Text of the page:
Soliton is more myth than ship. It makes berth in Kahnzoka once a year, where the adepts and sensitives of the city are sacrificed to help swell its ranks. Isoka is one such sacrifice. Infiltrating the ship under the orders of the Empire, she’ll have one year to deliver them Soliton, or lose Tori forever. But the task is a daunting one. And as you may’ve guessed, it begins from the bottom.

Thrown in with a ragtag group of misfits, Isoka’s mission looks doomed from the start. But—as these misfits show their character (and Isoka nearly dies)—she soon comes upon an opportunity for advancement. One she can’t afford to pass up. But on a ship of magic users and sensitives, how can she tell friend from foe? And what else may be lurking, ready to pounce?

As a teen fantasy adventure, SoSaS impresses. I loved the new and mystical sights; the mysterious ship Soliton, the creatures onboard, the descriptions, the Vile Rot, the wonder and adventure and twists and turns. Isoka’s journey is a bleak and bloody one to be sure, but the vibrance of the world itself makes up for her heavy handed approach to life. Soliton doesn’t seem like a ship, encompassing vast swaths of mysterious and unexplored heights, depths, and decks. Truly a world in itself, the ship is a triumphant creation, pulled off by Wexler through what I suspect is a time-honed combination of skill and luck, tempered with a wild imagination.

The story itself is… good. It’’s a little lame at first, if I’m honest. Kahnzoka isn’t the best backdrop, and the initial plot of blackmail and an impossible task, then a ragtag group of misfits seemed a bit cut-and-paste. Once aboard Soliton, the story really takes off. While beneath it all, there’s still the rather unimaginative blackmail machination driving everything—the story of Soliton itself steals the show. Now, though the ending itself is a little less than spectacular, the journey there is well enough worth it.

The romance, however, is a complete dud. Unless an awkward, fumbling teen romance is a thing that people actually WANT to read about. Now, Isoka has no problems cavorting with the opposite sex. At least when screwing them. It’s the fairer sex that’s the root of her issues. Specifically, one certain princess. This is the focus of the book’s romance. And personally it makes me cringe. Not the same-sex attraction, but the way that it is rendered. It reminds me of a simpler, more awkward, complicated, adolescent time when everything was all puberty, puberty, PUBERTY. It certainly does NOT make for an entertaining read.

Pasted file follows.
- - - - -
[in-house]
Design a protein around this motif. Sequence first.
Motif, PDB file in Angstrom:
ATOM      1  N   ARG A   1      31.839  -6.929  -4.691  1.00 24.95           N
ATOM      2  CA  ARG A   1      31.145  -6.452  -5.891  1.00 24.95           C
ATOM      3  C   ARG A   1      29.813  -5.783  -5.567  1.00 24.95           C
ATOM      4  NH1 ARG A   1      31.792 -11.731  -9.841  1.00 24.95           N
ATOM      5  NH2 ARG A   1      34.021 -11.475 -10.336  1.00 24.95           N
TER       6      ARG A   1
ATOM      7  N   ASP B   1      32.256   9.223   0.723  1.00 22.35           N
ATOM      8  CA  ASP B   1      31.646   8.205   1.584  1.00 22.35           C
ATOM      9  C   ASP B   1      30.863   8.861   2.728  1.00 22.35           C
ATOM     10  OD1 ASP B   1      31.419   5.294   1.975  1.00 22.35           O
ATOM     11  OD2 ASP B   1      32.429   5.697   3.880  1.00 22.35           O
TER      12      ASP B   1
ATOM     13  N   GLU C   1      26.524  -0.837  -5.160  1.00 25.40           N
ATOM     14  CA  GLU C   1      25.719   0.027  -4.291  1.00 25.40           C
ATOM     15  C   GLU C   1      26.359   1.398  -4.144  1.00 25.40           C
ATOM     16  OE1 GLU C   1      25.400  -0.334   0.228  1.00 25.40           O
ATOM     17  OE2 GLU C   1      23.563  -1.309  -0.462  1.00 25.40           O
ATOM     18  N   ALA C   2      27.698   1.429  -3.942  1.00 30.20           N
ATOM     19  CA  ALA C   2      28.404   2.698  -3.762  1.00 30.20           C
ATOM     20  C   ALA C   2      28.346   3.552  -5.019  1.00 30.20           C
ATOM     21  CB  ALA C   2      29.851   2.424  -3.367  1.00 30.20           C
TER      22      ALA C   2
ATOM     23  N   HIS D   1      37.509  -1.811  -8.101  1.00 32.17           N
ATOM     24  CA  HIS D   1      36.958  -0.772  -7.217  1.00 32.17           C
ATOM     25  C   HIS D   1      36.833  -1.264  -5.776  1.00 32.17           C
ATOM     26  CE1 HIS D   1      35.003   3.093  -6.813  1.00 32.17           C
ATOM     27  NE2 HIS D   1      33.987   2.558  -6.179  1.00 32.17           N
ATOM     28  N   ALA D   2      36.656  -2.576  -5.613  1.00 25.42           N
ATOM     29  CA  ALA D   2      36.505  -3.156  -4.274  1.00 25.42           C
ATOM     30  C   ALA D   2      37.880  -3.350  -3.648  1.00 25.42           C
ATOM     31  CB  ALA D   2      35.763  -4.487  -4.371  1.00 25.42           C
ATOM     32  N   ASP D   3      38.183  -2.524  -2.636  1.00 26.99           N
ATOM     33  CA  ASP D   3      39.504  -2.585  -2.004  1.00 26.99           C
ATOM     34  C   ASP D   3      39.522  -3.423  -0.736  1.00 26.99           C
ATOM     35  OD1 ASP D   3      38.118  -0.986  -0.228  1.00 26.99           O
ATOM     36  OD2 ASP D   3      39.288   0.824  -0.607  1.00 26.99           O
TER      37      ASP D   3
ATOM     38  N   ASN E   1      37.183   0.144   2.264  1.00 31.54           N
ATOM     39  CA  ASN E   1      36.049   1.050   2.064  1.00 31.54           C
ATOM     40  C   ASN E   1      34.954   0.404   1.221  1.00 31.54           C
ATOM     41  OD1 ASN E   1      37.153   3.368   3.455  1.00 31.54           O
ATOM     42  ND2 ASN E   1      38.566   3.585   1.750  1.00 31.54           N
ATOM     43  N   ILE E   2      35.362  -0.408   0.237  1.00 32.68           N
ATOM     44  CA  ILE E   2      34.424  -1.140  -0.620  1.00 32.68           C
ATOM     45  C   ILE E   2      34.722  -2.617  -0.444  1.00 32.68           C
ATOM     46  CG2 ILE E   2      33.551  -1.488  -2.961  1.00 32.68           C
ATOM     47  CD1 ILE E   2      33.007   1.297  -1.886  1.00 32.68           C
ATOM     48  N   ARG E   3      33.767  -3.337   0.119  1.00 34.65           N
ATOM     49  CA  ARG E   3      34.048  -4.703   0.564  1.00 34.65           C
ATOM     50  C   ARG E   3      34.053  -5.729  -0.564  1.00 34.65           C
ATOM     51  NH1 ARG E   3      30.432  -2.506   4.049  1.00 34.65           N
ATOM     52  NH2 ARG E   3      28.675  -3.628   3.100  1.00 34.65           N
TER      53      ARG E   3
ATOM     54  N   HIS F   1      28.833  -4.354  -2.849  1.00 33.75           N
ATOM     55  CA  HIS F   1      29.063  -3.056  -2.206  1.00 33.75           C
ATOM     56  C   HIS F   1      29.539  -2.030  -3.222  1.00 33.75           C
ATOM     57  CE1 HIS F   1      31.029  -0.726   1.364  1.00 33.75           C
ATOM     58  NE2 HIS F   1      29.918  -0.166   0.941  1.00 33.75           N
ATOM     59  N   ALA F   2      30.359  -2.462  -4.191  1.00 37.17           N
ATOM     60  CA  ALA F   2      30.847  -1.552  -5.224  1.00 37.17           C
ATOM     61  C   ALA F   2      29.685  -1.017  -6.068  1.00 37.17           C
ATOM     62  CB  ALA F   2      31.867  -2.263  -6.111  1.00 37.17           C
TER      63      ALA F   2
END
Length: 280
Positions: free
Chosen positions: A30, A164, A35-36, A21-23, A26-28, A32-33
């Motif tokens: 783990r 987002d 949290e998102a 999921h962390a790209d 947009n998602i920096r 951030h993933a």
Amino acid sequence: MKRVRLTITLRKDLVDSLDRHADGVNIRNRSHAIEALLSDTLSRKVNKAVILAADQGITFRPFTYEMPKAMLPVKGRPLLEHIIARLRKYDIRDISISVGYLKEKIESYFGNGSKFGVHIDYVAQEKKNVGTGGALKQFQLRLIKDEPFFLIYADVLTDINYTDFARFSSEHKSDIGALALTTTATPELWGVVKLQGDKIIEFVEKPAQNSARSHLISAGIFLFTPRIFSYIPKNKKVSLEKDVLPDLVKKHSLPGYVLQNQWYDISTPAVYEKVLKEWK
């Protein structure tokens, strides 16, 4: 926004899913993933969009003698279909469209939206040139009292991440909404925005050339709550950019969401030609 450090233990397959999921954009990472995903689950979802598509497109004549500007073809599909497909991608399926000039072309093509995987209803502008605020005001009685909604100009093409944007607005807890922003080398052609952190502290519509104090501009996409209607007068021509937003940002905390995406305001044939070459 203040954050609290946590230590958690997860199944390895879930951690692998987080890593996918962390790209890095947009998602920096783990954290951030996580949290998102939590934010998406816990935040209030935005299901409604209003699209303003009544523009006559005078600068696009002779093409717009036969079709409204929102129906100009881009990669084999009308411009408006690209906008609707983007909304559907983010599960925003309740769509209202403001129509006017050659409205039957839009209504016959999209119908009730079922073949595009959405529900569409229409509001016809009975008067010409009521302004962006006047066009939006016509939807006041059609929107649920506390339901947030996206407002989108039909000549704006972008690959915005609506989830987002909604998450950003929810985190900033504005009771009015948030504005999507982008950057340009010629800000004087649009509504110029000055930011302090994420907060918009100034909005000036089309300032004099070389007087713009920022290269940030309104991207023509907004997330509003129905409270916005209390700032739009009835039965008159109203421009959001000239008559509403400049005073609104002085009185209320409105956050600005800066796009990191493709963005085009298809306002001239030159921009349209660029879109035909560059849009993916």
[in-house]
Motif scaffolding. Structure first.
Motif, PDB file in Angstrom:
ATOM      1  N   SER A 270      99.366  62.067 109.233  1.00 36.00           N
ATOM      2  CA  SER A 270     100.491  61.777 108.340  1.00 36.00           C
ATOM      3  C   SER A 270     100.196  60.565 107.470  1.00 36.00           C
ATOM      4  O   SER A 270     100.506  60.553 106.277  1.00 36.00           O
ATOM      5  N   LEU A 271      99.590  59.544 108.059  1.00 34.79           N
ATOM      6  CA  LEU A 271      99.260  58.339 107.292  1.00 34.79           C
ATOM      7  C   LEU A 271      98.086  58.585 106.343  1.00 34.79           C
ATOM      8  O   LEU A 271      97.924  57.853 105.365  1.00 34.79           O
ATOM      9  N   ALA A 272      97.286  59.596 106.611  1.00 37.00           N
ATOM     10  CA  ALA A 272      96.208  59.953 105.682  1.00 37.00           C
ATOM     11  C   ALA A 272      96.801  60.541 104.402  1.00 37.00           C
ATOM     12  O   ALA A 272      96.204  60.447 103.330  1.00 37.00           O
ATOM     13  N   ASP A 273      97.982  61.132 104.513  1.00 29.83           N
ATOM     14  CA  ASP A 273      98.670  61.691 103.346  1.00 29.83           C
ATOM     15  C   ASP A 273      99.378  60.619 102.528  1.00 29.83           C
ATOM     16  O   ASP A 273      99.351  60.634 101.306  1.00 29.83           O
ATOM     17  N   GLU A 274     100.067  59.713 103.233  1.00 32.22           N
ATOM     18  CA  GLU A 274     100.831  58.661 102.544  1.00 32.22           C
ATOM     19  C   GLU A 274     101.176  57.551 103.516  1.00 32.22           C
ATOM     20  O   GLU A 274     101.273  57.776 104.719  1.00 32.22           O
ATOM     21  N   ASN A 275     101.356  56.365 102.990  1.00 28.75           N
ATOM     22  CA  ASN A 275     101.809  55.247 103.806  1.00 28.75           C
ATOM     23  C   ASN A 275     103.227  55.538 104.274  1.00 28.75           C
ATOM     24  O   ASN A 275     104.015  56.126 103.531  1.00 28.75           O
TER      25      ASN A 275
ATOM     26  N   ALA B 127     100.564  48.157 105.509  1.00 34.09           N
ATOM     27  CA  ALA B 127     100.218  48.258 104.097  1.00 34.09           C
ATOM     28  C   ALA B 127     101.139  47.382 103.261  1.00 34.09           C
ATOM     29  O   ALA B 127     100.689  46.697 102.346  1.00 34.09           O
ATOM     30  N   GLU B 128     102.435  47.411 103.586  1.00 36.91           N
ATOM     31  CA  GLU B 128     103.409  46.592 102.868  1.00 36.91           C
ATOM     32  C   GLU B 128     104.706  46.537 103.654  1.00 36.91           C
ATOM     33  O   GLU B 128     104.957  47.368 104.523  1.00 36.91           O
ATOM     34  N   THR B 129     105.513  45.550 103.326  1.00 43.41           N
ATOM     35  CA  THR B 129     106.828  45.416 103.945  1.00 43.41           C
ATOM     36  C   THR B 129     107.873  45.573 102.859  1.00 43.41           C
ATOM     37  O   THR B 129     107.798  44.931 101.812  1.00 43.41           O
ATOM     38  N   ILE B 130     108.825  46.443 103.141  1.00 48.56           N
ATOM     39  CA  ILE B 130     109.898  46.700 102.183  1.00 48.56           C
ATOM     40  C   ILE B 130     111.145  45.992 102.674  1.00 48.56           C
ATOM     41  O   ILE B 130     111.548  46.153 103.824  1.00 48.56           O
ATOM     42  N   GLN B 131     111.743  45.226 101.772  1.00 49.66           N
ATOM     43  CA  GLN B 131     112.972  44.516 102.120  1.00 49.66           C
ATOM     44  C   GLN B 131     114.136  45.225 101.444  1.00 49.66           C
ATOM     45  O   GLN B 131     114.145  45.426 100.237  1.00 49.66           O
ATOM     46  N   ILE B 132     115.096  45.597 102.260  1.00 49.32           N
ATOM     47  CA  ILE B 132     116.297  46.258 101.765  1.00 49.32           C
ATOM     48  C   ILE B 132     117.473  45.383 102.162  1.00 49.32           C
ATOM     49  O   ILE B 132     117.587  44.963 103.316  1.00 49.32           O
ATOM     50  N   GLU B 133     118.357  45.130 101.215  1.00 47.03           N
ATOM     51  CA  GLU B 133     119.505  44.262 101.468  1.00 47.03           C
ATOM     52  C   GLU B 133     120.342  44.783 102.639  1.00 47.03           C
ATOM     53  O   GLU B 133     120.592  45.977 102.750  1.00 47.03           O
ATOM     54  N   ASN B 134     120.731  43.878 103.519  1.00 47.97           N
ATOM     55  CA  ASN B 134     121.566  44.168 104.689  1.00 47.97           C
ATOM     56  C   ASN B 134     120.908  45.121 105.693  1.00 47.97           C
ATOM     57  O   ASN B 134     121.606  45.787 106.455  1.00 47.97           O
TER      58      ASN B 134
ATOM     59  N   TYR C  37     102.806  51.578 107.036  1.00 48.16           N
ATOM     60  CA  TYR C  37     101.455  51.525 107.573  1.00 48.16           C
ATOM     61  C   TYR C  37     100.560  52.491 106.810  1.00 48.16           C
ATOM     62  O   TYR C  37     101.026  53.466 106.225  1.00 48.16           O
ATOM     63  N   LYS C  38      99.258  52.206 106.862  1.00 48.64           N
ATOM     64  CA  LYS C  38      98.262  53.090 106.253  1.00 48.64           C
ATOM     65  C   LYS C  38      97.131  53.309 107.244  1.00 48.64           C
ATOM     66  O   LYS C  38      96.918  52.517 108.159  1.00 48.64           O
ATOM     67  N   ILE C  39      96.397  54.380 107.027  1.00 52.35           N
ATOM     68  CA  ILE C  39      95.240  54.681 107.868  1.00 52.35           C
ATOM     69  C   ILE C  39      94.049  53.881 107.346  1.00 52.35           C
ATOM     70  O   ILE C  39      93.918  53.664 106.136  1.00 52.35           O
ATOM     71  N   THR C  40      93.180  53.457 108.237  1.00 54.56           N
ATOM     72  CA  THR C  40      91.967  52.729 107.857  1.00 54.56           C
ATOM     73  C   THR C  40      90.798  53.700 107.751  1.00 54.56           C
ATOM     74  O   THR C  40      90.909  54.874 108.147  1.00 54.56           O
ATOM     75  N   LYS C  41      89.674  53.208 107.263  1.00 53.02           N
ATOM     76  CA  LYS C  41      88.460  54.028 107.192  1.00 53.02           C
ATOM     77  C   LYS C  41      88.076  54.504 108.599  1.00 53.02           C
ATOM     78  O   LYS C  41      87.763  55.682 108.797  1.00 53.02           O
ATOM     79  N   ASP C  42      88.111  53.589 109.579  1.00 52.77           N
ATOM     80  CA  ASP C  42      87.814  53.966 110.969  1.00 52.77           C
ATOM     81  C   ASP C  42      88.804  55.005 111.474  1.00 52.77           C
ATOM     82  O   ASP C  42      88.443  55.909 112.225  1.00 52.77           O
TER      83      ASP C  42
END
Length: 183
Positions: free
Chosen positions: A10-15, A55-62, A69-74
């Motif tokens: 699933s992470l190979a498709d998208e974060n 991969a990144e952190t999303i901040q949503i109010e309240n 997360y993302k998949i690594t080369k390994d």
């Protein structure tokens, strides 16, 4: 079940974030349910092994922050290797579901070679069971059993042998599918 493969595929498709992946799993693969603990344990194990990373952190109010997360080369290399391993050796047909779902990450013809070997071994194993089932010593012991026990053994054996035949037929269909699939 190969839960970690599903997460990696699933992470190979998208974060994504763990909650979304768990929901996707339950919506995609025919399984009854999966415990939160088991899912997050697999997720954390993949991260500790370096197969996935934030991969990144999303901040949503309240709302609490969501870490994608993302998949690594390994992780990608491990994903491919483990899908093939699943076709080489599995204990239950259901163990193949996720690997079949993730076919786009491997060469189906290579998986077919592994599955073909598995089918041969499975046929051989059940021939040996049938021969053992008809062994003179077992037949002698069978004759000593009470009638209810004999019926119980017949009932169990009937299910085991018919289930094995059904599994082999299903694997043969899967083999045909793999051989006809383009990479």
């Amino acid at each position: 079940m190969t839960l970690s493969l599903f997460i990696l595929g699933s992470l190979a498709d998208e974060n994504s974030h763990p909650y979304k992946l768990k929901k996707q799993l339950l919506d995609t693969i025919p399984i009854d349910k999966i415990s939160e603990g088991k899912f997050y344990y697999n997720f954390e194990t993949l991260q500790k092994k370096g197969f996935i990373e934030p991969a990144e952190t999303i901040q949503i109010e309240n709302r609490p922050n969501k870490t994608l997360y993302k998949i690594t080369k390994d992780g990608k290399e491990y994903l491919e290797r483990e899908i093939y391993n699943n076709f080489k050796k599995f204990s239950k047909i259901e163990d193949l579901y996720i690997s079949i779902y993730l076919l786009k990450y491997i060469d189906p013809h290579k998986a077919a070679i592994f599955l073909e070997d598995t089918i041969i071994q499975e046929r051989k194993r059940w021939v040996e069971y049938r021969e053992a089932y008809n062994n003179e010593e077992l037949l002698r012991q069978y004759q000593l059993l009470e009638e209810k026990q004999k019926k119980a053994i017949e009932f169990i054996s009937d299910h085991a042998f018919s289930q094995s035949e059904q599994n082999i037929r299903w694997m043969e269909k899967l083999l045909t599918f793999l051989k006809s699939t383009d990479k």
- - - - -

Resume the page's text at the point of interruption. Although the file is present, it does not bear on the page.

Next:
The magic and combat of SoSaS is where the action is. The Wells of Sorcery—eight of them, at least—make for an entertaining combination of combat and tactics. When these Wells are combined in a single person, the opportunities for different styles of attack are nearly endless. Here, Wexler has built an impressive arsenal of potential magical powers and techniques that is certainly worth a look. That said, I felt that it was undersold in the book. The story gives a brief overview of the Wells, but little detail is given to anything beyond Melos. I would’ve liked to see more depth from the magic, especially beyond mere combat. The Lost Well (Eddica, the Well of Spirits) is well featured in the mystery around Soliton, but not very well explained. Actually, this is about par—the other Wells are similarly underused, vague and ill explained. We’re left with just a basic understanding of the magic; little beyond how to kill things.

SoSaS doesn’t feature a cliffhanger or anything, but the ending is less than perfect. For days afterwards I felt too disappointed to start this review, preferring to put it off while I searched for any fulfillment the text had yet to offer. Without giving anything away, I’ll say that it’s abrupt. There’s little feeling of resolution—the story falling flat after such a great buildup. I’m still enthusiastic for the next one, just not excited. I want to read it and all, but it can wait.

TL;DR

Ship of Smoke and Steel is the latest addition to Wexler’s family, a Teen/YA novel that takes two different perspectives of a girl—Isoka—and attempts to weave them into a single story. The resulting adventure is fantastic. With flashy magic and brutal combat that helps support a lush and vibrant world aboard the mysterious Soliton, which is more continent than ship. The story of one girl’s quest to save her sister, at whatever cost. The resulting love-story doesn’t work. With cringe-worthy scenes that disrupt pacing, will-they won’t-they moments abound—as Isoka travels the length of the world to find love. I suppose it IS a teen novel, and nothing screams puberty more than this romance. Combined, the two tales make one halfway decent story, just don’t expect too much. The conclusion, as well, could’ve used an overhaul. I left SoSaS feeling unfulfilled, even disappointed, as Wexler usually does a better job at resolution. While Ship of Smoke and Steel is well worth a look as a fantasy adventure, it’s worth little as a well-rounded tale. There’s action, combat, adventure, mystery and suspense, but anything beyond the hitting of things is rather lackluster. As is the magic itself. Full of color and flair, the Wells are skirted over—no real detail, nothing in-depth, and little seen other than with Melos itself.

The short of it: Ship of Smoke and Steel underwhelmed me. I definitely enjoyed the adventure—and would recommend the book for that alone—but a well-rounded fantasy it is not. While I am looking forward to the sequel, I honestly expect more from it.

City of Stone and Silence comes out January 7, 2020.